In recent months, many companies forming the new "sharing economy" have come up against regulatory hurdles as they become part of the formal business landscape. In New York, half of Airbnb's rentals have been found to be technically illegal, according to state law. Ride-sharing service SideCar is also coming under scrutiny in Austin, Philadelphia, and New York City.
Now, the popular peer-to-peer car sharing service RelayRides is the most recent company to face regulatory pressure. The start-up received a cease-and-desist letter from New York State's Department of Financial Services (DFS), which charged RelayRides with "false advertising and violations of insurance law." In addition to the cease-and-desist, DFS has also issued a "scam alert" because of fine print in New York insurance law that could leave car-sharing users unprotected in the event of an accident. According to the DFS, these car-sharing programs could even violate users' existing insurance policies and cause them to lose their coverage.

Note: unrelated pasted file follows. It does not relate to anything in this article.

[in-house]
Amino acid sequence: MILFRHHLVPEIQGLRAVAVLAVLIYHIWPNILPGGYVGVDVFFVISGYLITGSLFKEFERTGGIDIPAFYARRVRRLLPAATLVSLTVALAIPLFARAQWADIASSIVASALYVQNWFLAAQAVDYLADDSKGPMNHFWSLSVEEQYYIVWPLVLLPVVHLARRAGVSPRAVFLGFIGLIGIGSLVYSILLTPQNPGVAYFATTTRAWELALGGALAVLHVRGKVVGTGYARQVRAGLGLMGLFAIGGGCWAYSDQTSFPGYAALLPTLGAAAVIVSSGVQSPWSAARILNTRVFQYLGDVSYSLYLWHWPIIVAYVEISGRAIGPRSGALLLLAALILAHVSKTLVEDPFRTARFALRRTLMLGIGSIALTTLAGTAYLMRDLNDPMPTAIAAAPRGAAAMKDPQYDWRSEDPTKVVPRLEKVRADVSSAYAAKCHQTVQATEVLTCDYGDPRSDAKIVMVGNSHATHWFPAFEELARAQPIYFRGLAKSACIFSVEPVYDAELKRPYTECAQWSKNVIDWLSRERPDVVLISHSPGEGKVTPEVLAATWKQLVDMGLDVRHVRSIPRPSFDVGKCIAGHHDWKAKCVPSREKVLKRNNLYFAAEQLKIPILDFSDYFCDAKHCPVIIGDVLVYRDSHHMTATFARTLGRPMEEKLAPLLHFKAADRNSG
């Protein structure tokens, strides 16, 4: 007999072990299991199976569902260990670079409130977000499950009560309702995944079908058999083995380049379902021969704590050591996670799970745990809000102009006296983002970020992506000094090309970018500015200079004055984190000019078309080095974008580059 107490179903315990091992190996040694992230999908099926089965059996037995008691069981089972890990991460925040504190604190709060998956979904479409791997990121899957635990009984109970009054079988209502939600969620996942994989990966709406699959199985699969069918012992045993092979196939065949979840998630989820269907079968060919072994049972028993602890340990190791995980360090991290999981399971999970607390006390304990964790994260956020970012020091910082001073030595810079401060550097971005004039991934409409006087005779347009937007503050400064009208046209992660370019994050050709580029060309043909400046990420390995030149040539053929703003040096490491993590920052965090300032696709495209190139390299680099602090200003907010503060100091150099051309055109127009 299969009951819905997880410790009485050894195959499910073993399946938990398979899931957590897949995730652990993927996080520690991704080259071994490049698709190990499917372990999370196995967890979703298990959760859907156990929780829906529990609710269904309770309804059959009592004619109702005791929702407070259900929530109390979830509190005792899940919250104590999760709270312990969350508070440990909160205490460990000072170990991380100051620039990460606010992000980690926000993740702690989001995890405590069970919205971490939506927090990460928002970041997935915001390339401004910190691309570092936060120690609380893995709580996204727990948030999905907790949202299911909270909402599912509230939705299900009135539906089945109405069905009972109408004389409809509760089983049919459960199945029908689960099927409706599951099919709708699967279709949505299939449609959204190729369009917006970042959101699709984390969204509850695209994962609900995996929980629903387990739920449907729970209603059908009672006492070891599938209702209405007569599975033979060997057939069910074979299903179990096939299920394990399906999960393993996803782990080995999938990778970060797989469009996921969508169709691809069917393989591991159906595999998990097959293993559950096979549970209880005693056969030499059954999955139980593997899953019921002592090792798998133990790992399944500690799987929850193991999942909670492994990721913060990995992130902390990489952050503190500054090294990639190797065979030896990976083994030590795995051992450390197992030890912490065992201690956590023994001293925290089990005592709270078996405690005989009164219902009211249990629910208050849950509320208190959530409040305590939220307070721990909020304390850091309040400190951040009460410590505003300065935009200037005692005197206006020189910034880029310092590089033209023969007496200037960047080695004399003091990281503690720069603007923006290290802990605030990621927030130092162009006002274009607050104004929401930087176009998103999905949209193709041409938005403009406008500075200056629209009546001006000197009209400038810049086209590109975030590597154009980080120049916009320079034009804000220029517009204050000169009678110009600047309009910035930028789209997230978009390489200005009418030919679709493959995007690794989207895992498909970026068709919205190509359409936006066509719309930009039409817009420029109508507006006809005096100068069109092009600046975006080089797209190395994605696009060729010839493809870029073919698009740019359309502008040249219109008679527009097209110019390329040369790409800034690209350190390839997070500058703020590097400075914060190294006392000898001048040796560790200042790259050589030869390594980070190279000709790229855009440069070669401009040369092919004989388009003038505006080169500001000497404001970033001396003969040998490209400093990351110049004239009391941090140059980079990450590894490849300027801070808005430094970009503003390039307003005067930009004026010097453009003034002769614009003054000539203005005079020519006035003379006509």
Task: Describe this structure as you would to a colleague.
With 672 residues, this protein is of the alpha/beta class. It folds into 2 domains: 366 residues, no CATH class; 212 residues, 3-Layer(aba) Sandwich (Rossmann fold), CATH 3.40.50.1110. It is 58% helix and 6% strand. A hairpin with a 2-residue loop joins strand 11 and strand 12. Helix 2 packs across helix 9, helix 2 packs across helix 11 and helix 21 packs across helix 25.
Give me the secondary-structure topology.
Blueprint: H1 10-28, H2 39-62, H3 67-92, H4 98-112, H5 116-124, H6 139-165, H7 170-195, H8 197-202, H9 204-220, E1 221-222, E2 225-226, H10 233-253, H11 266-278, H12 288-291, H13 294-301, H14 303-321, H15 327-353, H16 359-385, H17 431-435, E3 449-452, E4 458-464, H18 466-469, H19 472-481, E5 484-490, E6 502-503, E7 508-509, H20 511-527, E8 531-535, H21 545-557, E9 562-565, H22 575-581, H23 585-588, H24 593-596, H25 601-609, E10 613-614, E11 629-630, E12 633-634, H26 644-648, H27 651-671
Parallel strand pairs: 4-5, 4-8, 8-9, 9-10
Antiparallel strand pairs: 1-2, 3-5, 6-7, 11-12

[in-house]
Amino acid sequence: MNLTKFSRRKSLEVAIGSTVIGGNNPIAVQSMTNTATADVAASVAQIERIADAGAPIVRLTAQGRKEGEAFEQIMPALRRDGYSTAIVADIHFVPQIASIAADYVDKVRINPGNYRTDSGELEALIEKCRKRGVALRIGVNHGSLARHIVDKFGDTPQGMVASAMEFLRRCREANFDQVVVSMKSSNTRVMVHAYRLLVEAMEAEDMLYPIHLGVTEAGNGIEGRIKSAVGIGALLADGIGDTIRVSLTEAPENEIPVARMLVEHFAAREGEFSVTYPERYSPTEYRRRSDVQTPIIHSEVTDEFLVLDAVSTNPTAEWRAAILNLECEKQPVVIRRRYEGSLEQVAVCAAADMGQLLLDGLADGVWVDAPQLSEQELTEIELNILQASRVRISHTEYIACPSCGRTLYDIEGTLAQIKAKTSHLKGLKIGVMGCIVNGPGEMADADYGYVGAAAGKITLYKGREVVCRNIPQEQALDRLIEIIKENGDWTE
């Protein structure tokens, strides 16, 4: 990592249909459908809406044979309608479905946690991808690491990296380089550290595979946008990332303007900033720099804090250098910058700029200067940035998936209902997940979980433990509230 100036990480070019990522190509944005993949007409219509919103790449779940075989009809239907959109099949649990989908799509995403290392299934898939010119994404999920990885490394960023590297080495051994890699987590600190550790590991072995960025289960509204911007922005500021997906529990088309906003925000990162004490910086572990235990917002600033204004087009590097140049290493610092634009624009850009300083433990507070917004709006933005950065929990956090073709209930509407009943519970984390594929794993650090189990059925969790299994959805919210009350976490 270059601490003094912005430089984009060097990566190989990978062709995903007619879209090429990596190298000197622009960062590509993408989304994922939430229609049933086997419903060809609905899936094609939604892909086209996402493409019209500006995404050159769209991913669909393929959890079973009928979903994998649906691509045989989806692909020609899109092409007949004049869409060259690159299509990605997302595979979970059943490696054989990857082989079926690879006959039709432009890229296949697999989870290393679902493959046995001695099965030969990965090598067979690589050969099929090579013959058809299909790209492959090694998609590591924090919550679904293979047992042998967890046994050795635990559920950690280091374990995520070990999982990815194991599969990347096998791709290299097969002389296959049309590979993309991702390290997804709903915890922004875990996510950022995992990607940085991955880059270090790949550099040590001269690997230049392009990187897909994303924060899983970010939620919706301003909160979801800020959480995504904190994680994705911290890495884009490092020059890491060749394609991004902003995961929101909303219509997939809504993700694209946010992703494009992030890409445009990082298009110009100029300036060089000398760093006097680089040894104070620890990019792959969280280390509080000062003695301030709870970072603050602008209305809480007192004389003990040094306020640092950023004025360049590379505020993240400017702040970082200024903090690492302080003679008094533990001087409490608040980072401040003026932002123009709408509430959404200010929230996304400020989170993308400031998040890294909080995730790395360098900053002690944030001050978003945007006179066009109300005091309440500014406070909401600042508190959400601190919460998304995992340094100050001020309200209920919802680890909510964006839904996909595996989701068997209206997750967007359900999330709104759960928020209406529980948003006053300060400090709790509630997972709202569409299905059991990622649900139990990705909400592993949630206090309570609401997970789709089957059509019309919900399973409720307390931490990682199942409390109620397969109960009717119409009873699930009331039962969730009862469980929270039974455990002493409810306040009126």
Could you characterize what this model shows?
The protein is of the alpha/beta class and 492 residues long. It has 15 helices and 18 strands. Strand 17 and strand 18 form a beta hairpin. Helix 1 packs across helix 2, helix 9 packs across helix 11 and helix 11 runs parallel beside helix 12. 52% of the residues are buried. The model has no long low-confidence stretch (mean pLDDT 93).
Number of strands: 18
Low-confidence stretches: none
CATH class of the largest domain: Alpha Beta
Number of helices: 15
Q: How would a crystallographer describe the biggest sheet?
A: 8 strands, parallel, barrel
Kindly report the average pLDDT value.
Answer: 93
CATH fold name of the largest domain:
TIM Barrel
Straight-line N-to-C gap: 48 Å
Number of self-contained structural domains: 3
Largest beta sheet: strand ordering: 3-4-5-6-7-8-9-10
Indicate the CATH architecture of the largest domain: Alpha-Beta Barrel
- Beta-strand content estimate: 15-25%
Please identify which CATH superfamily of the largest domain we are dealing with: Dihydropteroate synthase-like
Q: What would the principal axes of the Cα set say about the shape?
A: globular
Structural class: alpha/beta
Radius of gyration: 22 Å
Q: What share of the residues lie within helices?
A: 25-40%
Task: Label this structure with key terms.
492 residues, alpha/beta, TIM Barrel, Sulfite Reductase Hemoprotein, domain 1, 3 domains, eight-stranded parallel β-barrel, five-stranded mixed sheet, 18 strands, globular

In an email to users, RelayRides' CEO Andre Haddad said that beginning May 16th and until further notice, renters would no longer be able to make reservations for New York vehicles.
"We are actively working with the Department to address [its] concerns," Haddad said in the email. "While we’re cooperating with the Department on these changes, we will be suspending activities that it considers non-compliant."
New York's rigid regulatory environment has proven particularly hostile to car-sharing, ride-sharing and taxi-hailing apps. But as peer-to-peer sharing options gain popularity around the country - and, indeed, around the world - governments would perhaps do well to adapt to the changing business landscape (and take advantage of the additional revenue these companies bring in).